Such an approach offers some immediate and interesting predictions about the future of the internal arts in America (and the western world more generally). A large number of baby boomers have had some experience with the traditional martial arts, and these individuals are not getting any younger. For better or worse Taiji has developed a reputation as an ideal art for senior citizens. It can help with the maintenance of chronic health conditions, it is a great low impact form of exercise and qigong training offers benefits in dealing with the aches and pains of aging. Further, the price of healthcare in this country is headed in the wrong direction. It is not inconceivable that the same market based drive for alternative medicines that Chen noted in China might not become a reality here.
The Question of Identity
Still, such an approach is not without its pitfalls. Rationality implies a system of universal and unchanging signs and symbols, yet these things are almost always socially constructed. Even basic concepts like “violence,” “employment” or “mental illness” are all socially negotiated and framed. They become real in our life through a mutual understanding of what these things mean. For instance, using Qigong as a treatment for chronic pain makes more sense in some societies than others because of their understanding of what the ultimate roots of that pain are and the meaning of suffering in life.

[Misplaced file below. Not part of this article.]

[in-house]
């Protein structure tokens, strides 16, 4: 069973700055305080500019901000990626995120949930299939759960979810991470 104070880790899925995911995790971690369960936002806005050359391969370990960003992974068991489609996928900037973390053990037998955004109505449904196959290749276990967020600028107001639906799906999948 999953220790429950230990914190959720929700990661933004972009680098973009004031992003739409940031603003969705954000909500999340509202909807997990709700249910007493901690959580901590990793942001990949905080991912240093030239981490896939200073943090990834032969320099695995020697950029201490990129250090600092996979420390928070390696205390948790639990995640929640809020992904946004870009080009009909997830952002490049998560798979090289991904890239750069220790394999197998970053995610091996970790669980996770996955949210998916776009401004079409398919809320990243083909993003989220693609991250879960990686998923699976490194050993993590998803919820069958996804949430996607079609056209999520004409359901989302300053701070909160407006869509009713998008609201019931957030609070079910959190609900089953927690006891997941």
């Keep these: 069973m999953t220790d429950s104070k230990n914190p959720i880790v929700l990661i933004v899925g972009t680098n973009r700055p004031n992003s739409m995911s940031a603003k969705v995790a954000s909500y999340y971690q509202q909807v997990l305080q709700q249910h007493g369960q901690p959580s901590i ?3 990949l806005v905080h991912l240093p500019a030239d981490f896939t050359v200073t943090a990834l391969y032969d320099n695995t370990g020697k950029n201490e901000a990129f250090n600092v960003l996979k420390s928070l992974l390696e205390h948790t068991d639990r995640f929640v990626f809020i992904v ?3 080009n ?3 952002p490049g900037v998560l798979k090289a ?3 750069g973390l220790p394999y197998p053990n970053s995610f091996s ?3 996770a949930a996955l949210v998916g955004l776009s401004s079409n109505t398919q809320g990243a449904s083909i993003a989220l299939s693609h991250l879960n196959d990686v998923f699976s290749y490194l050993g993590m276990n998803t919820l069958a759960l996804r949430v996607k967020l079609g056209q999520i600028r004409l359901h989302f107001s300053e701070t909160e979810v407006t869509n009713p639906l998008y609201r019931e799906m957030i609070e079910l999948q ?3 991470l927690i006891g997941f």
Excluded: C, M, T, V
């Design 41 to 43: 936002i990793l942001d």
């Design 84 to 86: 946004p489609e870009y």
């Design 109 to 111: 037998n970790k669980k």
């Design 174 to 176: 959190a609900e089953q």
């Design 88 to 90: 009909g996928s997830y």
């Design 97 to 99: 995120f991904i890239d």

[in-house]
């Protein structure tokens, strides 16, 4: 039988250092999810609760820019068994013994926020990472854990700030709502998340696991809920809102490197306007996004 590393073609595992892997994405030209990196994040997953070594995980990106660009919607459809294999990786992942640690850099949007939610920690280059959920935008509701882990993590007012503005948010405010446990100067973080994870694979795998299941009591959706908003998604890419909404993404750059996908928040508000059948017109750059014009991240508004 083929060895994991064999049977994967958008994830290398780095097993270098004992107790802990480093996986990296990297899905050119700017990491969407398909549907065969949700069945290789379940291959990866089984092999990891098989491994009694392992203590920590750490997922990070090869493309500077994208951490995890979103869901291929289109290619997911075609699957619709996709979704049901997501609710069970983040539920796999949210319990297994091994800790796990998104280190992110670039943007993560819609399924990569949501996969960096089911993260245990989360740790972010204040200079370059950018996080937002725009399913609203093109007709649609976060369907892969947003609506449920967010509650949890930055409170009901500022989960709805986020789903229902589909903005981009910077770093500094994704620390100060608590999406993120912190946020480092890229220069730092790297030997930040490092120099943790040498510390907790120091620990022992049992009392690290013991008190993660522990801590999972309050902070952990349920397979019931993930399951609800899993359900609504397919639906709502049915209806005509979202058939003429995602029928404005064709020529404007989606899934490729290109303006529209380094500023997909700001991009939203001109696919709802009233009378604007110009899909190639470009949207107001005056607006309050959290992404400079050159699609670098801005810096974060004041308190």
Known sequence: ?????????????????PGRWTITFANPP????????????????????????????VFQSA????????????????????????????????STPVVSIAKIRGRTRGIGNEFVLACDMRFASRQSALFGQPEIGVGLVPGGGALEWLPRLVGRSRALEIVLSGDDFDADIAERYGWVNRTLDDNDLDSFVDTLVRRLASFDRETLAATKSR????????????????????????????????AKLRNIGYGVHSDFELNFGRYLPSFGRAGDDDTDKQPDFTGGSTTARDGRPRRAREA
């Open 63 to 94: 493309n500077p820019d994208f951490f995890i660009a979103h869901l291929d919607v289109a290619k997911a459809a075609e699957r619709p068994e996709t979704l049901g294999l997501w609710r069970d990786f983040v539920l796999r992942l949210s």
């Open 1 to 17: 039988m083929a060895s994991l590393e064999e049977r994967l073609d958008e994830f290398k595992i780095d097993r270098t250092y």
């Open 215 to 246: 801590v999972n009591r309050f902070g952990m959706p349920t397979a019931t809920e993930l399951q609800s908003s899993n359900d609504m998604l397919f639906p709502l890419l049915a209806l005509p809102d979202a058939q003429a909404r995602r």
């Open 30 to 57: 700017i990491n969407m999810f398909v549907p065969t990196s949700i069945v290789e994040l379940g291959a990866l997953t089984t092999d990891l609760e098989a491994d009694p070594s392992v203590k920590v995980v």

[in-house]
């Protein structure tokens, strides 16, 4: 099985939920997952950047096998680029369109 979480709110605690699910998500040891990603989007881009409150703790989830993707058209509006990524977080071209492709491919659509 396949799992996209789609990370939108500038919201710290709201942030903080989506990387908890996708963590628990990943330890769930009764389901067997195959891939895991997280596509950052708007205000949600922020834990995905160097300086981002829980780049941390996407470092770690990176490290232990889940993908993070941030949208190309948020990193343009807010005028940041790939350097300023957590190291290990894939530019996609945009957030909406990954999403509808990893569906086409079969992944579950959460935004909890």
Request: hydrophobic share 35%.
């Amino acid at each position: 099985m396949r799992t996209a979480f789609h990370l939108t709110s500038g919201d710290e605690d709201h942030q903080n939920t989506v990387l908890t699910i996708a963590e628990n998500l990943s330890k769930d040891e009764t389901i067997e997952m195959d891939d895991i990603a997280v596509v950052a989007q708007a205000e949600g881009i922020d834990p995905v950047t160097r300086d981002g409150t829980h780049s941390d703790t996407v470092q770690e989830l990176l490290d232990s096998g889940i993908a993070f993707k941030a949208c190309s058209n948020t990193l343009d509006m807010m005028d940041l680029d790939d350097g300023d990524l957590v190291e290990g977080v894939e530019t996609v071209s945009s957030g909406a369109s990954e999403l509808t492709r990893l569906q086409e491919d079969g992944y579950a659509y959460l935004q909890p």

In this sort of a constructivist setting “identity” becomes a central issue because your position in society and understanding of self frames practically everything that one comes in contact with. Nor are identities simply given; they are negotiated. Individuals can attempt to reshape their identity or conception of self in an attempt to improve either their social standing or basic emotional state. Yet this reshaping of identity never happens in a vacuum. Instead it is bounded by the signs and symbols that are available in the local environment.
Very often discussions coming out of this mode start with the observation that Chinese martial artists are socially “marginal” people. Daniel Miles Amos was one of the first students of Chinese martial culture to explore this avenue in his 1983 doctoral dissertation titled “Marginality and the Heroes Art: Martial Artists in Hong Kong and Guangzhou (Canton).” Similar themes have been picked up by Adam D. Frank, Avron Boretz and Paul Bowman.
For such theorists the martial arts become a vehicle for escaping or reframing this marginality. Historians of the materialist school are quick to point out that the traditional Chinese martial arts were often seen as a potential avenue of social advancement for underprivileged youth from the country. A martial education might lead to a military career, or a higher paying job as a guard in the city.
Yet martial training deals with the issue of “marginality” in more subtle ways as well. Martial arts schools become locations where it is possible for individuals to build status and earn a type of prestige that society as a whole refuses to grant them. Within a regional martial arts association someone may be an important instructor who is admired, yet to society the same individual is simply a retired factory worker who spends his mornings with other senior citizens in the local park engaged in a feudal practice.